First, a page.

Ye Vagabonds have been on the road playing support to Glen Hansard, Lisa Hannigan and Roy Harper. They have released a wonderful EP but I personally cannot wait to hear their debut album, when it will finally see the light of day? This was their biggest headline show yet and my first time seeing a full length concert by the brothers. There is something old-fashioned about Brían and Diarmuid, and this is meant as a compliment. Their music is as timeless as it is superb.
They played some of their own, excellent compositions, as well as songs by others, explaining where these were "got". There is something very wonderful about siblings harmonizing. Cork Folk got their share of this as Lynched of course has two brothers too and the Unthanks had played on the opening night.
Ye Vagabonds had brought two musicians along for the occasion. Alain McFadden on banjo and bodhrán (plus good looks and tech duties) and Jesse Smith on fiddle and viola. I did not think they added much and I was grateful that for a large part of the show Brían and Diarmuid played by themselves. When it comes to trad, less is always more, in my view.
Brían performed a beautiful instrumental piece on his own, entitled 'For Bert'. I had not heard them do 'The Lowlands Of Holland' before; a beautiful song that I had incidentally never came across until I moved from the Netherlands to Ireland.
The audience was really into it and well behaved (in terms of talking). There was much joking about the sound of cans being opened. I love the concept of Live At St Lukes. This former church is now solely being used as a live music venue. Punters are allowed to bring drinks (the website recommends three cans per person) and the venue has full cooperation from the pub and the carryout off license across the road. The acoustics in the church are slightly echo-y, which was perfect for these particular shows, but I do not know how well it would lend itself to louder music.
Support for Ye Vagabonds was by Tiz McNamara, a sympathetic singer/songwriter from Cork. An engaging storyteller as well as a performer, Tiz specializes in sad songs. Guy-with-guitar support acts can sometimes be a drag, but this was not at all the case here and he went down very well. A name to keep in mind.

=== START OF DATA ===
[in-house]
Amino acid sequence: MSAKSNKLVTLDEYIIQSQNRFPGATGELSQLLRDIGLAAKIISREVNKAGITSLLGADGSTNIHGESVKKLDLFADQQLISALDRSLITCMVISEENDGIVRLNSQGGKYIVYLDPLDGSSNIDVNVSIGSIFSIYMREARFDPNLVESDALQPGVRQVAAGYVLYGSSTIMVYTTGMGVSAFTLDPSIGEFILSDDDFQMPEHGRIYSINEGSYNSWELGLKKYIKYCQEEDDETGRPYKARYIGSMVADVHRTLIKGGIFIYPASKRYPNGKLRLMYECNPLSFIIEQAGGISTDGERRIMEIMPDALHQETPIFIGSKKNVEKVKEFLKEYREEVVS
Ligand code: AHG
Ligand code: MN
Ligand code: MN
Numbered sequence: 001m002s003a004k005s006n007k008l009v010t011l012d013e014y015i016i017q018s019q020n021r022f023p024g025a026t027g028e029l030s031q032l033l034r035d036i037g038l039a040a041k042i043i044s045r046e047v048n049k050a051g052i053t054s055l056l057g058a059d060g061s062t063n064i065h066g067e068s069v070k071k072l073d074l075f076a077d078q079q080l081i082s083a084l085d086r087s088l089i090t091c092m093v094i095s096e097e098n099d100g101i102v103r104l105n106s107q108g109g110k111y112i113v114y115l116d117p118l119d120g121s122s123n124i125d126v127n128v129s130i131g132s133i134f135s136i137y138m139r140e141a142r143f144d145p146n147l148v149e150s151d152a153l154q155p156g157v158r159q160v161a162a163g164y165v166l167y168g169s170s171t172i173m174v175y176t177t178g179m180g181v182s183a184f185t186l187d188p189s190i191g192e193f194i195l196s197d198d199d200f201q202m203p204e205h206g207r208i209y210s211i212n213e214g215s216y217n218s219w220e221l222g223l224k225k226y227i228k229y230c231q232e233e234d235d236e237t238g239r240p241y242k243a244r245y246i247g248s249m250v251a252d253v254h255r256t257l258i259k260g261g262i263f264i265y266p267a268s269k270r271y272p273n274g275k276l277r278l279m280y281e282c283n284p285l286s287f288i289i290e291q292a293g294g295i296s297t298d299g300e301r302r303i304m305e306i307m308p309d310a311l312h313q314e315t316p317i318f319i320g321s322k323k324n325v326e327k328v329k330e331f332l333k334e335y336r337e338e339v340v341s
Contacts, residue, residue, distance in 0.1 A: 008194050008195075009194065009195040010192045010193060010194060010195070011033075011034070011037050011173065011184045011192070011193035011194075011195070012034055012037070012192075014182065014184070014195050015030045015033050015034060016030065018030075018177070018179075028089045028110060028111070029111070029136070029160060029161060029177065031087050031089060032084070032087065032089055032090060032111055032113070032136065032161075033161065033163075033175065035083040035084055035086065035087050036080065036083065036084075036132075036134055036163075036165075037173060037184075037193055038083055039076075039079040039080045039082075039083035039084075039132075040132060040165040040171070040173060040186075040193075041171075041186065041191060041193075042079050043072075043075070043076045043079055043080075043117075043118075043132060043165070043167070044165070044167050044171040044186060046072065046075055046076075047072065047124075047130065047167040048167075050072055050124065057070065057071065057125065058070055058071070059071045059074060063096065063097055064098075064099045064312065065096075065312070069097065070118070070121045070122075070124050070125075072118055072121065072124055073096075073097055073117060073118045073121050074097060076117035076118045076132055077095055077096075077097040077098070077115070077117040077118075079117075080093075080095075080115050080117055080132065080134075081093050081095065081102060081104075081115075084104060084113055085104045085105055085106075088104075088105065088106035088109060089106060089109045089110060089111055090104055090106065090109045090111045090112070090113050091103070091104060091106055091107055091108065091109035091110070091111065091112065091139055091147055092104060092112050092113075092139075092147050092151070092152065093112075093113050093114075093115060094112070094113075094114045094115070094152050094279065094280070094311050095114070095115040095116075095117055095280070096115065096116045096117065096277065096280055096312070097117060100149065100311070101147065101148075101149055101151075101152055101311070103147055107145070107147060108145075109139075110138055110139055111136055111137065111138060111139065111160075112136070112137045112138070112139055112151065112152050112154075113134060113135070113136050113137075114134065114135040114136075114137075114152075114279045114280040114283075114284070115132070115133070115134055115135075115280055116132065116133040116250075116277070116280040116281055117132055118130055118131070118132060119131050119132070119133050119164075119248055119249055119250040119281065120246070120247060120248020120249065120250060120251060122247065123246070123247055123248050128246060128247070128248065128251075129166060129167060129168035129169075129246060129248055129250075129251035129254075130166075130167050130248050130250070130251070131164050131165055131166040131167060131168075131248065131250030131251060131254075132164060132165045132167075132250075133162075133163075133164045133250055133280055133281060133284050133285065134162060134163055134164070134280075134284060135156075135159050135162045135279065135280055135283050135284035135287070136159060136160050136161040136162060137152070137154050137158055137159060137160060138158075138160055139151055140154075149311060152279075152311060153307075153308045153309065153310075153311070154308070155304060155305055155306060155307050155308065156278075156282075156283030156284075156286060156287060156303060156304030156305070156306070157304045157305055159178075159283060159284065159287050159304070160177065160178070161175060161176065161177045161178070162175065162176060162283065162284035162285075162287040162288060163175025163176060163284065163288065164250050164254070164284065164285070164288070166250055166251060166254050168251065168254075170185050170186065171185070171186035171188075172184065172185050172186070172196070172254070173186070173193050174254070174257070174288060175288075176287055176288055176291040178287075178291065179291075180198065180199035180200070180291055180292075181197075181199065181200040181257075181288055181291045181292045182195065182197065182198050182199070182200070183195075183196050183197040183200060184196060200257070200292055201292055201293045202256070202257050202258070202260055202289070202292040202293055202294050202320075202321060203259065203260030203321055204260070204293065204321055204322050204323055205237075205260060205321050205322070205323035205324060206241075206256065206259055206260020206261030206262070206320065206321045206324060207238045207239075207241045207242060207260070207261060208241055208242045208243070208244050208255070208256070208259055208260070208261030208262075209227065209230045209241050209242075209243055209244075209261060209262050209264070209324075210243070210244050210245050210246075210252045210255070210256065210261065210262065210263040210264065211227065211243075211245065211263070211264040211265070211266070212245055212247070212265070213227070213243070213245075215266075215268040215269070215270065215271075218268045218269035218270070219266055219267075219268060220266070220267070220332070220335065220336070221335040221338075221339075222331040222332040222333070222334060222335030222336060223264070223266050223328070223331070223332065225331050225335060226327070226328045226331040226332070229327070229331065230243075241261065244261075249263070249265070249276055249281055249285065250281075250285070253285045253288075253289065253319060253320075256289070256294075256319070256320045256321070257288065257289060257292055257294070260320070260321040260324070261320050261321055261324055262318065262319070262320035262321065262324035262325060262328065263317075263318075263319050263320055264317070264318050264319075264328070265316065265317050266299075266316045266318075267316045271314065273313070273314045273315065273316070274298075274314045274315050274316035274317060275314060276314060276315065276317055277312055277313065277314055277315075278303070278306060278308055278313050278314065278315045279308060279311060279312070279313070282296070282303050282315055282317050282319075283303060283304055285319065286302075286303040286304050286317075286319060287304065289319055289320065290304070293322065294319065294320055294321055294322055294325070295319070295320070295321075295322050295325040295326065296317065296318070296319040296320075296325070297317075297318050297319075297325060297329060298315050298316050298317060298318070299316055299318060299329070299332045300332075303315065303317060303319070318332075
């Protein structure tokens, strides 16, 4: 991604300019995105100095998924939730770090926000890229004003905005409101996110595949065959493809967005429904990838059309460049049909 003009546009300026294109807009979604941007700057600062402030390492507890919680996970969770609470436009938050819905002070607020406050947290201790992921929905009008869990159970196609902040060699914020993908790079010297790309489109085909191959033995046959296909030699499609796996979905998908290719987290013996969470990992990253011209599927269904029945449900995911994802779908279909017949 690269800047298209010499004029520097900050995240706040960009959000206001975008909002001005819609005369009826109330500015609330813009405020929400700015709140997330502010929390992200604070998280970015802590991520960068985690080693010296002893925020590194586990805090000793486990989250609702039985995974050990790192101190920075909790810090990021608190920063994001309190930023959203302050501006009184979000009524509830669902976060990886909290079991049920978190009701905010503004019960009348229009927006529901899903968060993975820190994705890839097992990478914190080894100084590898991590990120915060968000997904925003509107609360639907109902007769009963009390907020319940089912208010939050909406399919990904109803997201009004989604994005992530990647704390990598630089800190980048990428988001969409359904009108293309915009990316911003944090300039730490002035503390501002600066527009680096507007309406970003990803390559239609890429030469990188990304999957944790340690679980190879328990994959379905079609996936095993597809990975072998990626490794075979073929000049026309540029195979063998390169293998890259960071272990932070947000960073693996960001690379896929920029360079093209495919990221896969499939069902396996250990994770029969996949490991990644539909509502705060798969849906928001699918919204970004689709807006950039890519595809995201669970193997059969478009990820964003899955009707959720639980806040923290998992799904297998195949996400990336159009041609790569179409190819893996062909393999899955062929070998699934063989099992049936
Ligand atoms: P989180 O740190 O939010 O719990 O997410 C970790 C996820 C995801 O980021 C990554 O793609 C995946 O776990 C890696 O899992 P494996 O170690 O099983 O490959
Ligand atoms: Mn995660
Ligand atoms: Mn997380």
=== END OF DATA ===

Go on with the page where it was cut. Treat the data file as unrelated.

On the previous night support had come from Morning Veils, a female trio, also from Cork. This was gothic, atmospheric music; a bit shoegazey as well. I was reminded of acts such as Fursaxa and Miranda Sex Garden. The girls were curiously dressed in regular clothes (one of them wore a 'Repeal' sweater) but with gauze veils tied around their heads. Instrumentation included harmonium and percussions bells. Radie from Lynched was sitting in the audience nodding along approvingly and later mentioned that she thought they had been great.
Lynched were utterly fantastic at St Lukes. It had been nine months since I saw them previously, hence many setlist changes. Their acclaimed debut album is over two years old now. Lynched have been touring constantly (many festival appearances over the summer) and have introduced a lot of new songs into their set. By the time they get to record album number two, they should have settled on perfect arrangements for this well worn-in material, thus avoiding any difficult-second-album problems. I am most curious if they will have an original song as good as 'Cold Old Fire'. If they do, they are keeping that up their sleeve for the time being.
Highlight of the show for me were the three songs on which Radie Peat sang lead. The acoustics of the church probably played a part - it was utterly impressive. It caused Ian Lynch to say, "It just struck me that I am in a band with the best singer in Ireland". True true.
Radie sang 'What Will We Do When We Have No Money', which she learned from a version sung by traveller Mary Delaney. I did not get the name of the second song she sang, but that was the one that took Ian and I guess all of the audience by surprise. The gig closed with 'The Old Man From Over The Sea'. Radie probably has enough good songs for a killer solo album, but that may be for another day. If I had any say in the matter though, she should get at least three songs on the next Lynched album.
The show included plenty of humorous banter. The original version of 'Salonika' was played so as to not to upset the keyboard warriors from the People's Republic of Cork. They also played a medley of some lesser known songs that the Dubliners recorded. Daragh explained that they got these songs on an album that they found in a 'crusty punk house' in Seattle.
The interaction between band members is a special thing to watch. The role of the quiet man with the perfect pitch, Cormac, is not to be underestimated. I found myself wondering why people get nostalgic for the 60s and 70s when there are bands as good as Lynched - and Ye Vagabonds - around that you can go and see nowadays.
The band seemed to enjoy the show as much as the crowd did. They mentioned that they love playing in churches, they complimented the audience on "some savage clapping" and wrote on Twitter that it had been one of their best crowds ever.
Move over U2, move over Kíla. Lynched are the best live band in Ireland right now.